If you own a dog for whom swimming is natural, such as a Labrador Retriever or a Portuguese Water Dog, you may notice your pup’s desire to fling himself headlong into any body of water. Some dogs, especially those who were bred to swim, have no difficulties adapting to swimming in water. But what about dogs who are more hesitant, or who have never had a chance to swim? The good news is that these dogs can learn to swim too!
Swimming is one of the best exercises for your dog, and even better, it’s also fun and enjoyable for your canine companion--and for you. With some patience and the following training techniques, you can slowly and safely train your dog to like swimming.
Consistency, patience, and more patience are required to make your dog’s first few laps in the pool positive and successful ones. Natural-born swimmers, including retrievers, spaniels, poodles, and Newfoundlands, will be more likely to make a splash right away because of their breeding and heritage. Puppies may also be more receptive and eager to swim, meaning they may catch on to swimming more quickly than an older dog.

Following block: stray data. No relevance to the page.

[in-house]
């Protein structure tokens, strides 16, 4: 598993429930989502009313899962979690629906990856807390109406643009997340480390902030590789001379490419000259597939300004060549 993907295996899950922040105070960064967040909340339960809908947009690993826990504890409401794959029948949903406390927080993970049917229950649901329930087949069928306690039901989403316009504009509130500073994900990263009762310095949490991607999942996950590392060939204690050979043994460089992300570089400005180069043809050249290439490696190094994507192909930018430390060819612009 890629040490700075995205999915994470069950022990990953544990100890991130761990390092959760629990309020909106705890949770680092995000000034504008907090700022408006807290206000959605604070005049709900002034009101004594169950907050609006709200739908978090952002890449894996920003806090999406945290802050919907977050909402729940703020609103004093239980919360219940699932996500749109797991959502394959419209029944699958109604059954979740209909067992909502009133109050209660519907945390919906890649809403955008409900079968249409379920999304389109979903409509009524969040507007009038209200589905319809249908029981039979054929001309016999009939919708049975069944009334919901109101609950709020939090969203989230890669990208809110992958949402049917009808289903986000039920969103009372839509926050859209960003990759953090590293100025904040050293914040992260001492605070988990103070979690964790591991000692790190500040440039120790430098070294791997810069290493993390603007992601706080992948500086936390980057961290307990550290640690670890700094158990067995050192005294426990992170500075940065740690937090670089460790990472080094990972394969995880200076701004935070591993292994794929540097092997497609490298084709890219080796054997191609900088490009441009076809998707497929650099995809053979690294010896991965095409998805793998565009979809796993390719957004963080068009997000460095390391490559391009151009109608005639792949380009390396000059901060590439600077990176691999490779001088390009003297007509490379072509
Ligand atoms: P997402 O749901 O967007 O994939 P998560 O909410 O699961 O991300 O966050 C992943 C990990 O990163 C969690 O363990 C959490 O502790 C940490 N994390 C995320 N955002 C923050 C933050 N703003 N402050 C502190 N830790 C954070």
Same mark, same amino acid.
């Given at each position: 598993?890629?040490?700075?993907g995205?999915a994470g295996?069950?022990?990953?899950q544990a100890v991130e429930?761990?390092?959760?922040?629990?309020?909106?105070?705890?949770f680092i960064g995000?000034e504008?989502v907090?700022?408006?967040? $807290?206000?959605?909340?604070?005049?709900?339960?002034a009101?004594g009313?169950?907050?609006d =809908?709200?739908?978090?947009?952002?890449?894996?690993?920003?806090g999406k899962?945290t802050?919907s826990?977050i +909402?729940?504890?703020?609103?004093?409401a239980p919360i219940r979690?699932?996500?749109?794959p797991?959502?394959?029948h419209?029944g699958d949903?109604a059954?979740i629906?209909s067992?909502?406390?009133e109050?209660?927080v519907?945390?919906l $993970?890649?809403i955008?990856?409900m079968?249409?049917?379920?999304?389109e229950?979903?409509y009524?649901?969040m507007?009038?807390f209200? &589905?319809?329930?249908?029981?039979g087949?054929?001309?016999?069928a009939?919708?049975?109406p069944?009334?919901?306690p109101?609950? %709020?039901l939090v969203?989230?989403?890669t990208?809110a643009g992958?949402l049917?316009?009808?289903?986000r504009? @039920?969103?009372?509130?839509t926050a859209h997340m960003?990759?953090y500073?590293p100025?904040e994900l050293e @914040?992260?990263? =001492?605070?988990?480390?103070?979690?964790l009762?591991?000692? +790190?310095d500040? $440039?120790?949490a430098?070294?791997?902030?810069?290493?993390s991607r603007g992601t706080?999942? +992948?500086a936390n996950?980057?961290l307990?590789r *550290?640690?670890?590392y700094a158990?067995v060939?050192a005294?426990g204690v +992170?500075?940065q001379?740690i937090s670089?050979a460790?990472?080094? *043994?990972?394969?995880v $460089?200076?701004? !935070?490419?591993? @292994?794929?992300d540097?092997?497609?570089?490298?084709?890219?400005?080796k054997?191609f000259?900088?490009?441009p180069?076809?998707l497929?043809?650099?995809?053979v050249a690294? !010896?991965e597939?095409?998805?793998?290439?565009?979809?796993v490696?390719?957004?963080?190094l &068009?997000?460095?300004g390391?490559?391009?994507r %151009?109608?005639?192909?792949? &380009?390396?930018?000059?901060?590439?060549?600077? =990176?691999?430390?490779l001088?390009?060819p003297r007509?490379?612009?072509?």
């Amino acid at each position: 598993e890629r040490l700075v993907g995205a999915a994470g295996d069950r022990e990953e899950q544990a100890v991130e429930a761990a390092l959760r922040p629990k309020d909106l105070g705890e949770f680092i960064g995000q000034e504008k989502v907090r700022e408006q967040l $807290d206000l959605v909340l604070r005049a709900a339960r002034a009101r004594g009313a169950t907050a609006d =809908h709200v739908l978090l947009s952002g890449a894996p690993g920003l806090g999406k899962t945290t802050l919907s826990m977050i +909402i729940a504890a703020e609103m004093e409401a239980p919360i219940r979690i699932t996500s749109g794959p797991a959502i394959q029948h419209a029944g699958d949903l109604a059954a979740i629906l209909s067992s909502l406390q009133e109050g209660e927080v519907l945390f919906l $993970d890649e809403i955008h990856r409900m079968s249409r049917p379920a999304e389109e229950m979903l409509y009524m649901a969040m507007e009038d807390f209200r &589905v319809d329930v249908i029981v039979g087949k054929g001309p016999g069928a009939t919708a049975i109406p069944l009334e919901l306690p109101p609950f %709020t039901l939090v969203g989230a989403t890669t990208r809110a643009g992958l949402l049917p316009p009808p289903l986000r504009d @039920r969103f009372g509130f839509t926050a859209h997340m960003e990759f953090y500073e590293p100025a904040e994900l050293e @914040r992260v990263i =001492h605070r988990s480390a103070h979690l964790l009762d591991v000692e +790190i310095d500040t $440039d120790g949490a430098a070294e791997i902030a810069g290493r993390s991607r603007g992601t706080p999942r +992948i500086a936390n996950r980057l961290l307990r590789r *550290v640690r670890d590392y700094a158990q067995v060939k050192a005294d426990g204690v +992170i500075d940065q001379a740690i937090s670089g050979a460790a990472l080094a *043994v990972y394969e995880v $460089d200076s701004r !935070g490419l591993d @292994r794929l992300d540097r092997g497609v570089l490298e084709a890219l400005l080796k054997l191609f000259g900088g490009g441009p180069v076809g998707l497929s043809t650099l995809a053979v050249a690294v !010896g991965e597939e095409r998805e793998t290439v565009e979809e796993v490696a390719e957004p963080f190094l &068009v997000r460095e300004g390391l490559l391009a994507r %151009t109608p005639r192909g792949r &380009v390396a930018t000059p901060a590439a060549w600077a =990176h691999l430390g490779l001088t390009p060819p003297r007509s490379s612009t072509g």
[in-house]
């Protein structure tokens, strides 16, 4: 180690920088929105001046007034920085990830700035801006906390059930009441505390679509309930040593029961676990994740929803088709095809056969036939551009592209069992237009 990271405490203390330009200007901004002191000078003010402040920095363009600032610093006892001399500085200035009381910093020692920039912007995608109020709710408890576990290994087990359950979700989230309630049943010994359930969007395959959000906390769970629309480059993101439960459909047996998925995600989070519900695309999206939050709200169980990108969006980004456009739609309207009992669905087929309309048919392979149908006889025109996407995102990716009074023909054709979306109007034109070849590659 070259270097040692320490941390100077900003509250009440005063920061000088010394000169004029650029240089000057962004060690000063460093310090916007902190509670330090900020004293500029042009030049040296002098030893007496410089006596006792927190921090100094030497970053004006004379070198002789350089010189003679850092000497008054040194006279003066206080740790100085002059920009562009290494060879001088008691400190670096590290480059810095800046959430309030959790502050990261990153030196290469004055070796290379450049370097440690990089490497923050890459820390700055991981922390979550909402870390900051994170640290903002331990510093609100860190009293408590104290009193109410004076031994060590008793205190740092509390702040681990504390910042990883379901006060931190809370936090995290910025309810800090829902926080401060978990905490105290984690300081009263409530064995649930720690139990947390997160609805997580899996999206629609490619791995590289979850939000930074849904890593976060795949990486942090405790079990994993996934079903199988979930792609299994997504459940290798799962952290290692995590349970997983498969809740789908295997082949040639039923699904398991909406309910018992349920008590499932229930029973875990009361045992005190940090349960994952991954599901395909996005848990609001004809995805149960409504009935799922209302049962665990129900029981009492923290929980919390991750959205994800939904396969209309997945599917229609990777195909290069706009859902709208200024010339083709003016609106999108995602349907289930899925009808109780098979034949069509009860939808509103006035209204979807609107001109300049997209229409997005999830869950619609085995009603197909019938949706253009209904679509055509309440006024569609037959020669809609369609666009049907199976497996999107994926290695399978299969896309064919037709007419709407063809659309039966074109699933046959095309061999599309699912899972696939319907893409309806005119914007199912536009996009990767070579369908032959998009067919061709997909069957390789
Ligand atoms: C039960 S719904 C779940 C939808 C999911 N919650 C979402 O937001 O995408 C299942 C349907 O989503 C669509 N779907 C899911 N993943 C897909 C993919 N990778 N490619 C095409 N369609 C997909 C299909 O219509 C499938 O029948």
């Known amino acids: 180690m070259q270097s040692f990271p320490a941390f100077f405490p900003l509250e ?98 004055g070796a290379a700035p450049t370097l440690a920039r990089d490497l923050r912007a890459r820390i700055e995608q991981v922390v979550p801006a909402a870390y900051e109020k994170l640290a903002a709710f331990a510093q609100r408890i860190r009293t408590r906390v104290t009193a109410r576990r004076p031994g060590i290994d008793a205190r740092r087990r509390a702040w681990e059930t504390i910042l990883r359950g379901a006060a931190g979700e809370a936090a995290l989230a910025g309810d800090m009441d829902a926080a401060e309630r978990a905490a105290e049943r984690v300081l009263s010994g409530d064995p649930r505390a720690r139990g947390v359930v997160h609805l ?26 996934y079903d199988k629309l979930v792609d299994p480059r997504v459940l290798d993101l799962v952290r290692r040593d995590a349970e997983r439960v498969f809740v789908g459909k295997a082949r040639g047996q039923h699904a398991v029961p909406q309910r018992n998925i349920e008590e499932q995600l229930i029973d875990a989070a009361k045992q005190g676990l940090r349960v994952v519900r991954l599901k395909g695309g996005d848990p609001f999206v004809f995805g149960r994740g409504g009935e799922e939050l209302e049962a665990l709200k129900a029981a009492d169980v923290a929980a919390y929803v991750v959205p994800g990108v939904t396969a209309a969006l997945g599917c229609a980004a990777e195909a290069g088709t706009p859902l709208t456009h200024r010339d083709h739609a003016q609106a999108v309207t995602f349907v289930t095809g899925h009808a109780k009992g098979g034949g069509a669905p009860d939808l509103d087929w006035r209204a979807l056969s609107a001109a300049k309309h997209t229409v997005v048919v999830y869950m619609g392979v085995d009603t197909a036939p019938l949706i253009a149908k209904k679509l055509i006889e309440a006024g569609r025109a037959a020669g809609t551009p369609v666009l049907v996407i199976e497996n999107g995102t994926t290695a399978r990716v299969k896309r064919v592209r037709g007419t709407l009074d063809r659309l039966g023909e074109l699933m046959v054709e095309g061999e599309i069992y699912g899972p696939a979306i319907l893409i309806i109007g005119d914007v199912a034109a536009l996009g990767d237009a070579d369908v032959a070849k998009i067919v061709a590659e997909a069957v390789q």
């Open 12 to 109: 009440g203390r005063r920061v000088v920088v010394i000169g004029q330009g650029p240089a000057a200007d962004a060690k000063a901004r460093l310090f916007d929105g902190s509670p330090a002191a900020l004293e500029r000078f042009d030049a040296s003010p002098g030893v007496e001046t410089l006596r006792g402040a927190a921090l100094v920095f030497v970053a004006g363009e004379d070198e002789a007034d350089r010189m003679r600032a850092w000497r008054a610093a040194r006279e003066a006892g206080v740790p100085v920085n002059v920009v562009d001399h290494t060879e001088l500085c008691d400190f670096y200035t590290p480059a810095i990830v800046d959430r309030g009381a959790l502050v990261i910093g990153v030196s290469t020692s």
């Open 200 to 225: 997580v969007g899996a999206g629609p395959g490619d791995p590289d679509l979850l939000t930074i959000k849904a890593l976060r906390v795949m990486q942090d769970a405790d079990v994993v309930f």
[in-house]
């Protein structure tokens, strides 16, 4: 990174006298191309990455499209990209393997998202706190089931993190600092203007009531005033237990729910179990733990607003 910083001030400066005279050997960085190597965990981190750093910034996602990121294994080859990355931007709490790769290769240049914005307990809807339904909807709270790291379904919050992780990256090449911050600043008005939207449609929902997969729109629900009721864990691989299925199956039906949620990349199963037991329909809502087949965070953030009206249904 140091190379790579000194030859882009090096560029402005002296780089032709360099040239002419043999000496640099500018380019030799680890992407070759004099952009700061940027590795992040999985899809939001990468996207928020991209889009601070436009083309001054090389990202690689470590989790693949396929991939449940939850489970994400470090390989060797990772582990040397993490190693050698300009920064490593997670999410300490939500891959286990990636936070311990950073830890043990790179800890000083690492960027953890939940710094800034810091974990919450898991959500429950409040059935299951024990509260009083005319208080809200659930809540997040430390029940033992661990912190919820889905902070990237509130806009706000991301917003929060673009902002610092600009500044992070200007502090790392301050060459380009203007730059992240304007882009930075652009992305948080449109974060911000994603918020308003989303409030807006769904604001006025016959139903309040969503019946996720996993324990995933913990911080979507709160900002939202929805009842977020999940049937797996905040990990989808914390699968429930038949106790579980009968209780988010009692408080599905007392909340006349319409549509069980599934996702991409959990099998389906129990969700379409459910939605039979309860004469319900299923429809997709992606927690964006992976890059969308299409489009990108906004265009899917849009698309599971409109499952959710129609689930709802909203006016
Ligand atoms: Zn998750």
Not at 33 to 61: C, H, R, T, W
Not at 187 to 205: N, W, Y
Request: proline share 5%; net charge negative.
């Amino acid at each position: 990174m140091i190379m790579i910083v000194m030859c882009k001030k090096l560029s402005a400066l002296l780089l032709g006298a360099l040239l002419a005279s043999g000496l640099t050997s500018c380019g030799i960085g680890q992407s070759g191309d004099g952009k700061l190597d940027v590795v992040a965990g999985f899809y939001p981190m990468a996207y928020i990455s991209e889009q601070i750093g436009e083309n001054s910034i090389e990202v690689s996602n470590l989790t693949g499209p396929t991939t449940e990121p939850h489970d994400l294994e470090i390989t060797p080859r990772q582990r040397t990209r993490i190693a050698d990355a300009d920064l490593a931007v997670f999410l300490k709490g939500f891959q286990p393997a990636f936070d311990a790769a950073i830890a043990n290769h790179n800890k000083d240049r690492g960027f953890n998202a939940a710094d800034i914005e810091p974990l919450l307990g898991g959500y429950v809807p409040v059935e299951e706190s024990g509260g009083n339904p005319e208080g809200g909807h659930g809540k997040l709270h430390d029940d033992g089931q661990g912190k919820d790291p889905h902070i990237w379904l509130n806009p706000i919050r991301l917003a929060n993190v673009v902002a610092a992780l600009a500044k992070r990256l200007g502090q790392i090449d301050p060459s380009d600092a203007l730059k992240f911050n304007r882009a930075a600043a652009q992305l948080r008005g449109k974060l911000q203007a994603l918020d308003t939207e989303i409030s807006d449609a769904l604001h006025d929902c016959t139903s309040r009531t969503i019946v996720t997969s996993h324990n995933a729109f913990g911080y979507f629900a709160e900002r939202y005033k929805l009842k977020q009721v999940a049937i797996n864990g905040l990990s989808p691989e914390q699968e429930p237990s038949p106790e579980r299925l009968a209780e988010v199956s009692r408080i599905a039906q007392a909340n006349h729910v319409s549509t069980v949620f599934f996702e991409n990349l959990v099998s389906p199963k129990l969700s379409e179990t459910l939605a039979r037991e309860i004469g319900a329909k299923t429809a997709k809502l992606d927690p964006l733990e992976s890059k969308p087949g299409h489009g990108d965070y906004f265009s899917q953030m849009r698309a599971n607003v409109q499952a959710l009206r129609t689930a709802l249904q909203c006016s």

Dogs who are not natural swimmers, such as bulldogs, corgis, terriers, and pugs, will need more time to adjust to an environment that is foreign to them. But as long as you don’t get frustrated, and remain calm, confident, and consistent, you can give your dog a chance to become a real swimmer!
Although swimming can be a fun, healthy activity for your dog, safety should be first and foremost on a dog owner’s mind. Whether your dog already knows how to swim or is starting out as a complete rookie, he should wear a life jacket.
Life jackets need to be of appropriate size--not so small that your dog is stuffed in and uncomfortable, and no so large that your dog is swimming in it (pun intended). Choose a life jacket that has a handle and a D-ring to attach a leash for quick access and control of your dog.
Scout out swimming locations ahead of time to find safe, secure places for your dog to try swimming. These sites may be your own backyard swimming pool, a nearby pond or lake, or a local service providing indoor/outdoor swimming pools for canines. Work in water that you are already familiar with to prevent any unpleasant surprises, such as depth of water and strong currents. Remember to never leave your dog unattended when swimming, especially if you are in outside, unsupervised waters.
Have some treats on hand as well to encourage and reward your dog, especially if he is reluctant to enter the water at first.